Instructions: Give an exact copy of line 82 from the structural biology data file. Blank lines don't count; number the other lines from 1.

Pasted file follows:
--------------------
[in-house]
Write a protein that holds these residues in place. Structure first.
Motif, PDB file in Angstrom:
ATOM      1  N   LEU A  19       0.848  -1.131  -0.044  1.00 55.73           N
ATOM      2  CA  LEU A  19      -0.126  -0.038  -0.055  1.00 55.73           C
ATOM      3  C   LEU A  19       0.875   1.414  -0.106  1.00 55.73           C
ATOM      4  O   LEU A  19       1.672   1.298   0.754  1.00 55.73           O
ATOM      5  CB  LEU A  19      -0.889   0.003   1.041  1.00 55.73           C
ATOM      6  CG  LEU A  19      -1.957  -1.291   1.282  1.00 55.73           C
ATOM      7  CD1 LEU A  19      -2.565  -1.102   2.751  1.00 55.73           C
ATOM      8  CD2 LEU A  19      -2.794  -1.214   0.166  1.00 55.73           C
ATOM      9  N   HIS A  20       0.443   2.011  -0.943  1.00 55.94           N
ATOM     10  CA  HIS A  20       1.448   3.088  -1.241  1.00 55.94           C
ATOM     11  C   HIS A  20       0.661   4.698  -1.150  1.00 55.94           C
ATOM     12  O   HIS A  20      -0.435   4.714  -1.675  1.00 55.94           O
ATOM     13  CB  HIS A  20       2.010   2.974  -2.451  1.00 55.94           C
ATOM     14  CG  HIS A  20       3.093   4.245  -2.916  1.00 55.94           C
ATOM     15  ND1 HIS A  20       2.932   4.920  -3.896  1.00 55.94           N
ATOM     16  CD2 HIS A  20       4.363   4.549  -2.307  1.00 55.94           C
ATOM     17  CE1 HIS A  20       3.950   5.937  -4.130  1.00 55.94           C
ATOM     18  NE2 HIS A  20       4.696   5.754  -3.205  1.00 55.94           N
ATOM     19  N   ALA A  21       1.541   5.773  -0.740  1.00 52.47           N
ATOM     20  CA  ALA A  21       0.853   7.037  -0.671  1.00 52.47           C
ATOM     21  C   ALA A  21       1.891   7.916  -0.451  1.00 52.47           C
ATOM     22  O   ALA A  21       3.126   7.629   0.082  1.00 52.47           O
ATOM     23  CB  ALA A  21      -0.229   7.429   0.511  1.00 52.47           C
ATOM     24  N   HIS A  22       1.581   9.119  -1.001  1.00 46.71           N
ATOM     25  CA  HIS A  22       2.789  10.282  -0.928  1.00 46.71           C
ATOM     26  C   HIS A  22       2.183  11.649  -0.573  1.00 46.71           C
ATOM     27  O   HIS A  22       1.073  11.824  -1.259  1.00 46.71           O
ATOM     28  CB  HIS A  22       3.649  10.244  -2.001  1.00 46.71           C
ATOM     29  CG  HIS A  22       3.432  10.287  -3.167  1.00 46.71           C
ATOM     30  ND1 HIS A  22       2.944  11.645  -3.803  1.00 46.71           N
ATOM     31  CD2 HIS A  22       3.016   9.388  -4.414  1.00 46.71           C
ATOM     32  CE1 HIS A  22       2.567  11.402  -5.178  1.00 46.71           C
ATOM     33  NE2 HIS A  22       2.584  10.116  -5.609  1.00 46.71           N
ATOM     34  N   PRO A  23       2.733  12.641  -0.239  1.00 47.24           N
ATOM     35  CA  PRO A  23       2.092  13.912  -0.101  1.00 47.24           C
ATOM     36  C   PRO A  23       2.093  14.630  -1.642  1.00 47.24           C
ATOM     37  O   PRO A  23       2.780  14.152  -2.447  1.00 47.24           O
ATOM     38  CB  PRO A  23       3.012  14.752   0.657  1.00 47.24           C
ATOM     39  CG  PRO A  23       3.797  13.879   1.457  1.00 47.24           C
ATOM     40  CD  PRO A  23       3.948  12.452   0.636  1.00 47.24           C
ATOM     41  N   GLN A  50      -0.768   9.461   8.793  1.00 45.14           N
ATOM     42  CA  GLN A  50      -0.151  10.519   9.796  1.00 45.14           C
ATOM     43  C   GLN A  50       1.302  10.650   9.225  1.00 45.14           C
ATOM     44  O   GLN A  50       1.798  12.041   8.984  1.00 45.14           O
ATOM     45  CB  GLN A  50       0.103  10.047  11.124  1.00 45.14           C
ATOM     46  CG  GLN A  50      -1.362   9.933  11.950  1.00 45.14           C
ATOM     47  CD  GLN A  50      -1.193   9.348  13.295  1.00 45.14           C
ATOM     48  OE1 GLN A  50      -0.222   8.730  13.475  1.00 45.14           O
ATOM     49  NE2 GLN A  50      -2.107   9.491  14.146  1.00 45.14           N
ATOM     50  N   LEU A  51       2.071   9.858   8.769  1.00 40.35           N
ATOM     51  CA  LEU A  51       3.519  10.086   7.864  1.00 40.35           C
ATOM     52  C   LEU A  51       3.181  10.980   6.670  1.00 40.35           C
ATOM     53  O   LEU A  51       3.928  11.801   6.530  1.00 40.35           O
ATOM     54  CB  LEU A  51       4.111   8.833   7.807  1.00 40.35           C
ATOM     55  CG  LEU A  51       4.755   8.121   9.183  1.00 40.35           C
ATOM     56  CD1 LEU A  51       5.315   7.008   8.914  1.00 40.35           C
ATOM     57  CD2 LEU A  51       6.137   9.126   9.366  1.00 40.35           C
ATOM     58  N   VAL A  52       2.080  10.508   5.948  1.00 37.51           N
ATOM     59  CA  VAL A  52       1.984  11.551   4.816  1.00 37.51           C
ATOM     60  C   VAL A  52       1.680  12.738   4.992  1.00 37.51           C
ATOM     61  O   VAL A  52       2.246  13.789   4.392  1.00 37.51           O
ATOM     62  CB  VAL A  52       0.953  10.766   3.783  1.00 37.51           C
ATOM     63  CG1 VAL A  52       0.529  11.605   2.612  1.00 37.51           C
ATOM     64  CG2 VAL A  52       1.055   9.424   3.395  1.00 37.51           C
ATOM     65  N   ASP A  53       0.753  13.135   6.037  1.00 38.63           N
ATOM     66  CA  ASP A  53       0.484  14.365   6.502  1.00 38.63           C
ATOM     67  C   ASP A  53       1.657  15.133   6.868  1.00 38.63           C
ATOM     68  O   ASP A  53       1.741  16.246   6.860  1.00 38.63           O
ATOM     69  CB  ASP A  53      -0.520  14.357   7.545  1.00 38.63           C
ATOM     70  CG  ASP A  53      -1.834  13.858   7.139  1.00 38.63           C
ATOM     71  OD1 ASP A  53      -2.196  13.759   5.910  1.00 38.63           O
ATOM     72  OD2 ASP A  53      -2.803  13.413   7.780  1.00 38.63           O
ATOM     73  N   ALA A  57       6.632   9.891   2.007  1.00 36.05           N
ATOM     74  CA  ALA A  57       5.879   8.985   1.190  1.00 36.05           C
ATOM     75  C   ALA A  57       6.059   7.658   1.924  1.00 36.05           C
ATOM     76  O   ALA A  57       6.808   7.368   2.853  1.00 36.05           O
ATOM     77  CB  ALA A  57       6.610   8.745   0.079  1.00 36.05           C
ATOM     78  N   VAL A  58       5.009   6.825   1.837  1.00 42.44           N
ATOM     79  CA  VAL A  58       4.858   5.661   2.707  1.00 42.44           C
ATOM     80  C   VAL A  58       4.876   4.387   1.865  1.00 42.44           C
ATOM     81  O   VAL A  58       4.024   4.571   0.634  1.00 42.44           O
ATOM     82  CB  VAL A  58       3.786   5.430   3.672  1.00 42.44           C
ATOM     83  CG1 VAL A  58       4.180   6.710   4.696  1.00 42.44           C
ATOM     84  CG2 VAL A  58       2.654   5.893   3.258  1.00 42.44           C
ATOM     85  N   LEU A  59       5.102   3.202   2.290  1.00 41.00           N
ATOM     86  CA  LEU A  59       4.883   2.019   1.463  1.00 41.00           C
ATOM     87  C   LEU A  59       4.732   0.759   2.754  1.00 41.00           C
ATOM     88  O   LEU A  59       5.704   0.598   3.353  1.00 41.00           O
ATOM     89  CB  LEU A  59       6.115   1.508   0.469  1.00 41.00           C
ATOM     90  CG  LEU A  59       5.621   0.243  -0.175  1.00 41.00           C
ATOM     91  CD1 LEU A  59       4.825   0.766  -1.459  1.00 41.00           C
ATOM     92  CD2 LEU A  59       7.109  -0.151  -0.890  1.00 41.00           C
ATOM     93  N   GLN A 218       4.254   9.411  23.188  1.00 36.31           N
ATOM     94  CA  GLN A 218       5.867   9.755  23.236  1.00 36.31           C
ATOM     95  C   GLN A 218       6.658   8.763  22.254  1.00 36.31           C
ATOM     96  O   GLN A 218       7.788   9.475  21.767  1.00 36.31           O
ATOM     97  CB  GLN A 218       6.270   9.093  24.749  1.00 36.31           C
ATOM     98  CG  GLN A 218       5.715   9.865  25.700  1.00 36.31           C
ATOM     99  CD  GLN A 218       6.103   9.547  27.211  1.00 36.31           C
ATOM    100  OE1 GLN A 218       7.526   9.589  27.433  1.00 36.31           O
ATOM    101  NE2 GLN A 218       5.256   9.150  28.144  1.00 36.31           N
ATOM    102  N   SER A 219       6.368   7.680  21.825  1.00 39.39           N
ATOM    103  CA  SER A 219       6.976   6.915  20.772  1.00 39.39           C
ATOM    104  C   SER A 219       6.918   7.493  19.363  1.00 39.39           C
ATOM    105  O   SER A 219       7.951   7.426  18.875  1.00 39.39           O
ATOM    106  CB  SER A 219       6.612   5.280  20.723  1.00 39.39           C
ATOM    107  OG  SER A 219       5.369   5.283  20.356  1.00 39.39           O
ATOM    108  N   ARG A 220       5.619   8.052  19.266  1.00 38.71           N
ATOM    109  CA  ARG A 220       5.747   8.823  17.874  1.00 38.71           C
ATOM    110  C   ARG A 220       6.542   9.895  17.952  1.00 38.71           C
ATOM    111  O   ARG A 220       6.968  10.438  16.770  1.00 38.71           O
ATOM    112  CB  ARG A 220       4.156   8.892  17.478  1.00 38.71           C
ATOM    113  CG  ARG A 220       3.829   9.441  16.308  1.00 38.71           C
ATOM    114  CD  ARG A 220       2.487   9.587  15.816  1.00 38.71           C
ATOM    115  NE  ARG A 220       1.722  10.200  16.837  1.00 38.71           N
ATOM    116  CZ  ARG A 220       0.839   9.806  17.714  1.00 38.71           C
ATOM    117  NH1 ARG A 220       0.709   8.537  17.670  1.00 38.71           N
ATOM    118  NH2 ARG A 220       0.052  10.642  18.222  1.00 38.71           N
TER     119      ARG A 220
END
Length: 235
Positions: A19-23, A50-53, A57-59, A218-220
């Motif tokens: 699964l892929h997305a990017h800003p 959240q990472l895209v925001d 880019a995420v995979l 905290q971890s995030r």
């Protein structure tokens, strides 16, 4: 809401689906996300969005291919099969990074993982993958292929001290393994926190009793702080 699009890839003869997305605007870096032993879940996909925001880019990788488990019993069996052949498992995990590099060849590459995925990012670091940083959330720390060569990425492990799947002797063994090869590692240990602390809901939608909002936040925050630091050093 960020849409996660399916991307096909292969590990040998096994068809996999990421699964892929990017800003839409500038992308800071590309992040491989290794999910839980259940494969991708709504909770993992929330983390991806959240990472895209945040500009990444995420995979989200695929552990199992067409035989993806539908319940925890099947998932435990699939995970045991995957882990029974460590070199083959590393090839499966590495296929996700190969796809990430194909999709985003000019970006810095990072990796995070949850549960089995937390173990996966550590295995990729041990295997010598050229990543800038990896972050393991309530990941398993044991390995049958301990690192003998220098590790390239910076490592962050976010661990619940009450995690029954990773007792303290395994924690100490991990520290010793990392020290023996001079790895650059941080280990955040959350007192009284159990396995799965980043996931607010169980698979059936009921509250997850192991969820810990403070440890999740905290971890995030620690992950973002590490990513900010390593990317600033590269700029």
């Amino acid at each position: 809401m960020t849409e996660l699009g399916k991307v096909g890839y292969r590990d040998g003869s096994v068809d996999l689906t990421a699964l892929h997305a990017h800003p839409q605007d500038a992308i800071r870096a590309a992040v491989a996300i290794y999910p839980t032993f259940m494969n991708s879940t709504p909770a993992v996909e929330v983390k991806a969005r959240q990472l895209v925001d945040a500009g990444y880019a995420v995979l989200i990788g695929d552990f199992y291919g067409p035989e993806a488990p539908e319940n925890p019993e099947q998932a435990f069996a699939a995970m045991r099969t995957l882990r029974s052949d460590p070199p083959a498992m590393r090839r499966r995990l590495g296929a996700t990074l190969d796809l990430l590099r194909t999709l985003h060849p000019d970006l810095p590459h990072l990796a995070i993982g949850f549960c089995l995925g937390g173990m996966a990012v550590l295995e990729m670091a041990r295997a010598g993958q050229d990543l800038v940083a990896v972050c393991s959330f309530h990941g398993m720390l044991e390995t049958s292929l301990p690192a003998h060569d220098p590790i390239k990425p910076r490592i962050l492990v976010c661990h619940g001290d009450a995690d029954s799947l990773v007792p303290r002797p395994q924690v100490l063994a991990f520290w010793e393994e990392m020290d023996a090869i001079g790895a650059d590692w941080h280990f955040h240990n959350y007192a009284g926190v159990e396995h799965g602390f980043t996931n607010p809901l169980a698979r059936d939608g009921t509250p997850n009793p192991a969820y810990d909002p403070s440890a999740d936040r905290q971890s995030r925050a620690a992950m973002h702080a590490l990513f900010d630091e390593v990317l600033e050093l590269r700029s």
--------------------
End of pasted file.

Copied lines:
ATOM     79  CA  VAL A  58       4.858   5.661   2.707  1.00 42.44           C